Priboi – Surf Siberia
It’s no surprise to hear that there are Russian surfers. Most of us have met a few on our travels – usually somewhere tropical. What’s less well known is the wealth of surfing terrain that Russia is holding. Priboi, premiering at this year’s London Surf / Film Festival Oct 10th – 13th, sets out to lift the lid on one of surfing’s last undiscovered frontiers. Tickets are available HERE:
Told through stunning cinematography and over mind blowing distances, this is certainly a surf movie that blows the usual stereotypes out of the water. We caught up with surfer and filmmaker Sergey Rasshivaev to find out more.
“When we started this project the idea was to show the world the people who surf in Russia – and the places they surf,” explains Sergey. “Many people don’t believe it’s possible to surf here. But the waves, the people, it all exists.” In Priboi, Sergey and his filmmaking partner Konstantin Kokorev, take the viewer on a journey across the vastness of the Russian continent – and what they reveal is pretty mind blowing. There are surfable coastlines on the Baltic, Barents, Black and Caspian Seas all the way to the Pacific – from European to Asia – from 6mil suits to boardshorts.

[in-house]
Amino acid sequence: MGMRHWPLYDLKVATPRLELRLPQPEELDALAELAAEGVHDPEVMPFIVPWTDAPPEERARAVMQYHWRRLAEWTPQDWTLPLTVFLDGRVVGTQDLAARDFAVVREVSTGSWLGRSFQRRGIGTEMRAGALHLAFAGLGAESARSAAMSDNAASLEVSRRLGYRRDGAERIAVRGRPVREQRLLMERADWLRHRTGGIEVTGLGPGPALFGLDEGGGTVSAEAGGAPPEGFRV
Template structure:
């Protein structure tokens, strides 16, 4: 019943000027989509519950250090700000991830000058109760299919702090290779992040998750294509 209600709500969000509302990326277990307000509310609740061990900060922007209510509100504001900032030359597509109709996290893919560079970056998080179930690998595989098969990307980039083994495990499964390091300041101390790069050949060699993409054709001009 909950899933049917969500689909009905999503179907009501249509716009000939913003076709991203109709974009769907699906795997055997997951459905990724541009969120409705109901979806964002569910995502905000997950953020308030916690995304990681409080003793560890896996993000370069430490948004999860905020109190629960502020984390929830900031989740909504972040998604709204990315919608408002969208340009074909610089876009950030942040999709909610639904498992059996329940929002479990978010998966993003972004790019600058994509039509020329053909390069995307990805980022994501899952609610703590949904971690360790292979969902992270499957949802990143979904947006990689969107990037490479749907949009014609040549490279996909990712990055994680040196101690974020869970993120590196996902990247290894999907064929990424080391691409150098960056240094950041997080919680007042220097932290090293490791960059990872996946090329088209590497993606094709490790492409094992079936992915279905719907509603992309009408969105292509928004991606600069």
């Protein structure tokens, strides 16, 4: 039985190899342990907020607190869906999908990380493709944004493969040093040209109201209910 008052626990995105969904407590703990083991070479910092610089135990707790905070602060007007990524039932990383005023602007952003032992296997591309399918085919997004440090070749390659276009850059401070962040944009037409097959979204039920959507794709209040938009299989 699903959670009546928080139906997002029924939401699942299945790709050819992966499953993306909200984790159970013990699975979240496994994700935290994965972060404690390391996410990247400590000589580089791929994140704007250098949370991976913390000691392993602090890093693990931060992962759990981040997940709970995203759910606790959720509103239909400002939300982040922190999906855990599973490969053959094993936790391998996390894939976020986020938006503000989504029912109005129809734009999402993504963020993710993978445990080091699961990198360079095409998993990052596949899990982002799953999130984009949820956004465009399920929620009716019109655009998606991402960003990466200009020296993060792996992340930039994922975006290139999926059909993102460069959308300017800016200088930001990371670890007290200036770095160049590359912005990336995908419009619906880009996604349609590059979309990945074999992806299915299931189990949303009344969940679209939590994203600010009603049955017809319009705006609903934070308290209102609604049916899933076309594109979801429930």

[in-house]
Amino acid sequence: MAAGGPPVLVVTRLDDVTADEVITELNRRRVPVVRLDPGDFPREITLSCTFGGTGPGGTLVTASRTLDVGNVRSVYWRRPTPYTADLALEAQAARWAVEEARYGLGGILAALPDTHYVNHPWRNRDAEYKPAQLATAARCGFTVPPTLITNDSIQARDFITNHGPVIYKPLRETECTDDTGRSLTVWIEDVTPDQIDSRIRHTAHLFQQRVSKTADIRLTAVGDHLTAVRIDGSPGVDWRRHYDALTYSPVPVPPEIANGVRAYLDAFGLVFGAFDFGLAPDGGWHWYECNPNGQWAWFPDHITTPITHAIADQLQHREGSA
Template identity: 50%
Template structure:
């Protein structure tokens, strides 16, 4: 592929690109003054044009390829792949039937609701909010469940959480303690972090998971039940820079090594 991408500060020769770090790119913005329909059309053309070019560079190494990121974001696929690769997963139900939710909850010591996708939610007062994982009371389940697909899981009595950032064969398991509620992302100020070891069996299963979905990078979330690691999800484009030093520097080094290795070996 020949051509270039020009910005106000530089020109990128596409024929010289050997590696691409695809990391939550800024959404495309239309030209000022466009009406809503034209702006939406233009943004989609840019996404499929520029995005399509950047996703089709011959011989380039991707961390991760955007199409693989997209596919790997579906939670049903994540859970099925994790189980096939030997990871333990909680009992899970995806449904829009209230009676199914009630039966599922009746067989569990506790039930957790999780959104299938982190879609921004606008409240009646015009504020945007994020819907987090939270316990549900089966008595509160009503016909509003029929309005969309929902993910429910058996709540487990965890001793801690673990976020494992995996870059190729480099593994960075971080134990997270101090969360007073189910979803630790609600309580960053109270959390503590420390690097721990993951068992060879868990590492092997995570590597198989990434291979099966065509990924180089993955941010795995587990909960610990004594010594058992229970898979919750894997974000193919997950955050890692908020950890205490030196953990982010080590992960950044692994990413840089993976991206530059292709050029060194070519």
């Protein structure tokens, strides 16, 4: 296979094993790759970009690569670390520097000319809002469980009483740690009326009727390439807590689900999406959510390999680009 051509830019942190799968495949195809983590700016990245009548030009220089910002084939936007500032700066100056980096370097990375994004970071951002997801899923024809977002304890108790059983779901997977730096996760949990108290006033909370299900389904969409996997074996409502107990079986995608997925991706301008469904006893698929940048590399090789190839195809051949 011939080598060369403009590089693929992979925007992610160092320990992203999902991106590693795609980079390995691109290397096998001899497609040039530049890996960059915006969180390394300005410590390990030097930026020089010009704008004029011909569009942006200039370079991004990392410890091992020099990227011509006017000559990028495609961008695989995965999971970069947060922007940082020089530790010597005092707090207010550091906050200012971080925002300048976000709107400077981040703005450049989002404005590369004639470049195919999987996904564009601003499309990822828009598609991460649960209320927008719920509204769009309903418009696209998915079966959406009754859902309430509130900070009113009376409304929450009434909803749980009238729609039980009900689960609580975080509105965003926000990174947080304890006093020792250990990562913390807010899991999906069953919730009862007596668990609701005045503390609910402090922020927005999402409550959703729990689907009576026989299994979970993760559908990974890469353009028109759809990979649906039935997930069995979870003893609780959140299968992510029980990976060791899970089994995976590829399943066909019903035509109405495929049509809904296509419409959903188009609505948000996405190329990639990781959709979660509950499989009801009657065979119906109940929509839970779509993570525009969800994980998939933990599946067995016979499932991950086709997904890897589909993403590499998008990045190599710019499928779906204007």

I ask him how people reacted when they turned up to surf at many of these spots. “People were in shock,” he explains. “Even when we come to surf in their town. Some of them tell us it’s impossible. After watching how we do it, everything changes for them. When the people watch our film, they start to believe not only they can surf, but they can do anything that they dream about. That’s was main idea of the film.”
With such a vast landscape, it was no overnight project. “The Surf Siberia project has been about 5 years, while the movie we work about two years.” When you see surfers wading through knee deep slow in a blizzard, or using a skidoo to reach the breaks, that is serious commitment. I ask what the hardest part of the project has been. “If we talk about the trips – the Arctic and Kuril Islands,” Sergey explains. “It was the most dangerous situation there. But the hardest part was not filming and expedition. This project was self-financed and to find support to keep working was a big deal – so thanks everybody who helped us.”
In many parts of the world the surfing bug bites pretty hard when it becomes established. I ask how big the surf communities are in Russia now. “It’s difficult to say really,” he says. “But this summer I counted at one spot in Finland Bay, near to Saint Petersburg, over a 100 people at the same time in the water. So overall I’d say there are a few thousand… but who knows.”
Hosted 10-13 October 2018 at London’s iconic Regent Street Cinema we’re bringing to the UK a handpicked line up representing the pinnacle of contemporary surfing – documentaries to inspire, travelogues to stir up the wanderlust and of course some of the most mind blowing surfing.